Trenchless sewer line replacement is the most preferred method especially when one wants to avoid the cost he/she will incur in digging long trenches on their landscaping, yard, or driveways among other structures, together with the disruption that comes with replacing trenchless lines. For about 15 years trenchless sewer lines have been around, although it is not a popular method among home owners. Trenchless sewer line replacement can either be pipe bursting or pipe lining.
Pipe Bursting Versus Pipe Lining Pipe lining is also known as “cured-in –place pipe. “It requires only one access hole. It’s a flexible tube that is coated with resin which is pulled or blown into the damage or inflate pipe. The resin then creates a pipe within a pipe which is corrosion resistant and jointless by its hardening. Lining reduces the diameter of the lateral pipe that connects a home to the main sewer line. The diameter reduces by a quarter of an inch; this does not affect waste removal from your house.
Unlike pipe lining, pipe bursting can be done on a collapse lateral sewer line; if there is room that can allow a cable to be drag through the old pipe. Pipe bursting is pulling a new pipe through a damage pipe. This simultaneously fractures the old pipe outwards. Pipe bursting requires one to dig access holes on both sides of the lateral pipe.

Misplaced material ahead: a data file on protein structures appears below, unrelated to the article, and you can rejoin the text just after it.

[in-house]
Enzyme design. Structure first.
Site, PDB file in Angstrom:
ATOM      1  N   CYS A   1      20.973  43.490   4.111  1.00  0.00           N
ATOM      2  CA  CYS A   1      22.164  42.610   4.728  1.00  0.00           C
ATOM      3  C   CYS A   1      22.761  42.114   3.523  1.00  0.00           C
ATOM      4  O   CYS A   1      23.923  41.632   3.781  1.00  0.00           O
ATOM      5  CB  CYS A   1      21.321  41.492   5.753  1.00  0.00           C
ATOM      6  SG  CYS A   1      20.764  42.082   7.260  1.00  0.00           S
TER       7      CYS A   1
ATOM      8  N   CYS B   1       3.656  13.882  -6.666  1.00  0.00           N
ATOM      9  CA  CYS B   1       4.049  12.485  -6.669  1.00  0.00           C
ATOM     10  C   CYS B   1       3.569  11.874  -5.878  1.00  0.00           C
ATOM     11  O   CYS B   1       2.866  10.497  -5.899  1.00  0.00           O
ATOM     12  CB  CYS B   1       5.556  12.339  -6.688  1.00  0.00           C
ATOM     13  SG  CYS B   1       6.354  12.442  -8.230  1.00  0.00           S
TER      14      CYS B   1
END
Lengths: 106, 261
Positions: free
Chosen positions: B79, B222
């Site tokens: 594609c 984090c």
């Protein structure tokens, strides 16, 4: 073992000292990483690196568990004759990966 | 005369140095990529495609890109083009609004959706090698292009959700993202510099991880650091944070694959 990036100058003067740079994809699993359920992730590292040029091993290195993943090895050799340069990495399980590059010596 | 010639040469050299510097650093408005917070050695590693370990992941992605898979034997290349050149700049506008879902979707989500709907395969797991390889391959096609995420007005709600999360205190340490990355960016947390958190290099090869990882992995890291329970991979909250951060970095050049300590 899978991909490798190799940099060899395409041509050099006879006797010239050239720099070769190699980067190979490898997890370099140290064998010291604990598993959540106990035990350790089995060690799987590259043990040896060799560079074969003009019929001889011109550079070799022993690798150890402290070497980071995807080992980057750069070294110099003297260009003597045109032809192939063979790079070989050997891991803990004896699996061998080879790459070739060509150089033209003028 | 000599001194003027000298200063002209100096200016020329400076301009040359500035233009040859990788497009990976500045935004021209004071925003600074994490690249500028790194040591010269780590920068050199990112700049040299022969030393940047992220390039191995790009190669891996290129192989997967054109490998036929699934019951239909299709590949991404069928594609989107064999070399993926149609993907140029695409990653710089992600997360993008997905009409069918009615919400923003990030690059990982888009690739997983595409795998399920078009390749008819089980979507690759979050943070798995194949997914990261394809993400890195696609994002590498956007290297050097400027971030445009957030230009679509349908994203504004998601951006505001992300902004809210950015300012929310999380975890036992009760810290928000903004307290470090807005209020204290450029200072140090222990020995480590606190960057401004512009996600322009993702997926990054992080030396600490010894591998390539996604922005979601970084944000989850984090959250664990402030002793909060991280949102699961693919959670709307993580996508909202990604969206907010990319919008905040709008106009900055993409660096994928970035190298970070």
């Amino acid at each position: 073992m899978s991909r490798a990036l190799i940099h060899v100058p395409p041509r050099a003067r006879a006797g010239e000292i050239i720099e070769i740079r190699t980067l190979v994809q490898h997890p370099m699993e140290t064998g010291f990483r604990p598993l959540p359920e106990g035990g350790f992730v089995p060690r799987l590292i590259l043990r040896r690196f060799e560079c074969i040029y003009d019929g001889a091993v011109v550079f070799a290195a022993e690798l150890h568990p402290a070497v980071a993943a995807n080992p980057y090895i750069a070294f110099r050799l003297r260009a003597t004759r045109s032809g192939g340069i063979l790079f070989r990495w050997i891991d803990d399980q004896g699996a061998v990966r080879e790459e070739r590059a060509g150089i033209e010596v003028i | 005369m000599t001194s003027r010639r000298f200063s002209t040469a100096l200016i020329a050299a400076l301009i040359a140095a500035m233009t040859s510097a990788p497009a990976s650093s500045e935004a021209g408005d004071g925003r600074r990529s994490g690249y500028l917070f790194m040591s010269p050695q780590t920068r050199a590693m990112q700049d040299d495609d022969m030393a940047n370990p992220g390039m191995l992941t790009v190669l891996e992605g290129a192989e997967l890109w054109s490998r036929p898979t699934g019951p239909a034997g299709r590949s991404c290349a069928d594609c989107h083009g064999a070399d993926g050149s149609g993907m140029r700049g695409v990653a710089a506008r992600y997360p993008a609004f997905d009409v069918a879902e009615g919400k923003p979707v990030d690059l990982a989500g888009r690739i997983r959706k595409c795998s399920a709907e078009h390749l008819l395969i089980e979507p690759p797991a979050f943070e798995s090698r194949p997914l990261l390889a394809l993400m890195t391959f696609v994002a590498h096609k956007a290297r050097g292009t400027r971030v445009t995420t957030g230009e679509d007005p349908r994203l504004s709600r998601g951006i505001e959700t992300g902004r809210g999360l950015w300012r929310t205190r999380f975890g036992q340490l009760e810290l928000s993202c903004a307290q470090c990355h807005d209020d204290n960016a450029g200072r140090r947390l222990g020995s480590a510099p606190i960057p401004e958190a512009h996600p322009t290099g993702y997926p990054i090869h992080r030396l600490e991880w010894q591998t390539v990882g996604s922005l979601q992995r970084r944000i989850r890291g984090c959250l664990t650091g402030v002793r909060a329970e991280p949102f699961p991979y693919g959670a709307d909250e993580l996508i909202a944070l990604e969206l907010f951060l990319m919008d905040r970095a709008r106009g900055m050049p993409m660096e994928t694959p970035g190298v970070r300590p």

According to experts pipe lining and bursting are equally durable, the cost for trenchless sewer line replacement vary due to: soil type, material prices and how deep underground sewer is.
Traditional trenching requires one to pay up for digging up the street in front of their house. Traffic to reroute when there is any repair being made to a main sewer line or a city-owned property.
Trenchless can cost 30 to 50 percent more than conventional digging but this is so in some cases. If so it’s still cost effective as you do not have spent more dollars in restorative work. It is advisable to shop around, talk to reputable, licensed plumbers in order to understand what would work best for you.